On the face of it, a relaxing getaway to Brainstorm Island should be a good thing. But it only really serves to highlight that innovation - which is the Island’s buried treasure - is a marginal distraction from the grind of doing business. ‘Idea jams’ sound great, but they achieve very little, because as co-author Thomas Wedell-Wedellsborg says, to reach a point where you are truly innovating, this kind of thinking needs to be routine and not just reserved for special occasions. “If you are a leader working in a regular company, how can you help your people become better at innovation, not as a one-off event but as part of their daily life?”
According to Wedell- Wedellsborg we live and work in a society that tends to think that “being innovative equals looking like Google, with football tables, Hawaii shirts and dogs at work”. But innovation does not have to be flamboyant. If you work in a traditional company the whole Hawaii shirt culture can be counterproductive. “Instead, find a way to make innovation happen as a regular, inconspicuous part of the culture. In the short term, it’s not about changing the culture; it’s about changing creativity so it fits into the culture.”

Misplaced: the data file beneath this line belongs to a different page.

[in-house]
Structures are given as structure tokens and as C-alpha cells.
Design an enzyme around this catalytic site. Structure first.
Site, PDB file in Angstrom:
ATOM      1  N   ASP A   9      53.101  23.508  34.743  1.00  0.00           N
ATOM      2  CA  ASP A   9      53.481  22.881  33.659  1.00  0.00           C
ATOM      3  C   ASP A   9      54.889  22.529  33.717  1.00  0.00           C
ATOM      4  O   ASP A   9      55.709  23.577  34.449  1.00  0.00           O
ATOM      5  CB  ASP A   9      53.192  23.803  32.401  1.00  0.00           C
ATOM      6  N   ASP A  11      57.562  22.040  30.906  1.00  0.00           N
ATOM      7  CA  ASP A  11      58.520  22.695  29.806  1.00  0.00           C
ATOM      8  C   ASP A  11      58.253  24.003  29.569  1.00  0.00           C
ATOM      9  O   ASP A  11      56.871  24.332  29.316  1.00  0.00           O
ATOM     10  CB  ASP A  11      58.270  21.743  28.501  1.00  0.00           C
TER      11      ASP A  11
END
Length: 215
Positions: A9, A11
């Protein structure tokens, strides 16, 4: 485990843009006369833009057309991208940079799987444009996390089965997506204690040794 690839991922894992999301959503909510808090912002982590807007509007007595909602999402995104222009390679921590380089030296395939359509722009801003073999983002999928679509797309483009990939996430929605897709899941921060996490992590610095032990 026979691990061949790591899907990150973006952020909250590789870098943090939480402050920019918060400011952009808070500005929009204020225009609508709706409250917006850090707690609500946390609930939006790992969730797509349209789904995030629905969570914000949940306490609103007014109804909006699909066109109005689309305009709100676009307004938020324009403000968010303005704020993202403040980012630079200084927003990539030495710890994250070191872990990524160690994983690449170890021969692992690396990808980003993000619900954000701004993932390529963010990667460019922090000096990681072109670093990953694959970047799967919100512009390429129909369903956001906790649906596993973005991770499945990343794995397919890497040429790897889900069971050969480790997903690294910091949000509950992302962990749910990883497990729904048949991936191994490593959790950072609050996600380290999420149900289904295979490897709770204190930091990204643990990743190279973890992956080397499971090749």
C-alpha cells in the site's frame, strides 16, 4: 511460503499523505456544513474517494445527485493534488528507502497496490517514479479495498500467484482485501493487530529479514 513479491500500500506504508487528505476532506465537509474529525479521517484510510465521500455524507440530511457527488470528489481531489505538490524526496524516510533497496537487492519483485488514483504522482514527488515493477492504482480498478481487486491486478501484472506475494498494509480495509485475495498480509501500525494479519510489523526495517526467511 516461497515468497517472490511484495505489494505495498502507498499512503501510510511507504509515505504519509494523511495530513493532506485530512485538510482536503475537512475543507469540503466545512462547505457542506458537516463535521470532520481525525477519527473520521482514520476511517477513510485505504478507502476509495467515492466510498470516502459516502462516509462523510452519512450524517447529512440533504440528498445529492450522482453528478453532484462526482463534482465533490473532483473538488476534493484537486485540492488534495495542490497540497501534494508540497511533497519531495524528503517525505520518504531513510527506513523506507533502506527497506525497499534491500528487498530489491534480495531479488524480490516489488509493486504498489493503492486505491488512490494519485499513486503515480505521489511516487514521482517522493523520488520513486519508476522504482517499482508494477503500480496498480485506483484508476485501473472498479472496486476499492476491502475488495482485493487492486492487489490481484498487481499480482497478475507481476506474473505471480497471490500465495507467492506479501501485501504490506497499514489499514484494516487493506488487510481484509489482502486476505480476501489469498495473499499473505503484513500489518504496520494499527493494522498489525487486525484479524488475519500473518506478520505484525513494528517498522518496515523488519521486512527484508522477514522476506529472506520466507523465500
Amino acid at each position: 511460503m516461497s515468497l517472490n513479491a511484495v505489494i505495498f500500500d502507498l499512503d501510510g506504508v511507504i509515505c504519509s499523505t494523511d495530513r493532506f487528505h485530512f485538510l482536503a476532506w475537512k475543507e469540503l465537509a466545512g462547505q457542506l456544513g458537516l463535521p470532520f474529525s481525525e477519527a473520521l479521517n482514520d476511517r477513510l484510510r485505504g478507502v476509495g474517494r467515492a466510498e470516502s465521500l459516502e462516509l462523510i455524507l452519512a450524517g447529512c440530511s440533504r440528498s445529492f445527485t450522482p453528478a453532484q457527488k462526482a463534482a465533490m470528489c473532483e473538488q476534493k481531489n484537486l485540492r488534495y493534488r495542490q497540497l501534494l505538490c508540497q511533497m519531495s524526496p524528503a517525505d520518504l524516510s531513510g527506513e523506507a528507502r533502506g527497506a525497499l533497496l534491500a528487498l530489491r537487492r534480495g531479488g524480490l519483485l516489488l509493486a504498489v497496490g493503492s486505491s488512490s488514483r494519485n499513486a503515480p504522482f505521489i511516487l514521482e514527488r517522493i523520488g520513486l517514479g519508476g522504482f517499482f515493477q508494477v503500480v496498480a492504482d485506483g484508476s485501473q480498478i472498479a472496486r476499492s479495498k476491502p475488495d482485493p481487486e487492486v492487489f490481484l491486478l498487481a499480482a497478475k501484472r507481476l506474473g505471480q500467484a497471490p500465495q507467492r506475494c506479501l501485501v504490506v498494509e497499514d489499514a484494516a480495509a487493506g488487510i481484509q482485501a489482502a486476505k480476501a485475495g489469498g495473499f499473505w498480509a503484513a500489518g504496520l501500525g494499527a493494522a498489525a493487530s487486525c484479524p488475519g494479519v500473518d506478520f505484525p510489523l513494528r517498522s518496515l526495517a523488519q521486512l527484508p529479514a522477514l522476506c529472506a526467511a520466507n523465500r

The established practice of taking your team off-site has had its day for several reasons. First, it carries the implication that creativity can be thought of annually, rather than as an on-going process. This leads to ideas being shelved for lengthy periods of time, stored up for an airing at the brainstorm. This further leads to the perception that simply having an idea is synonymous with innovation.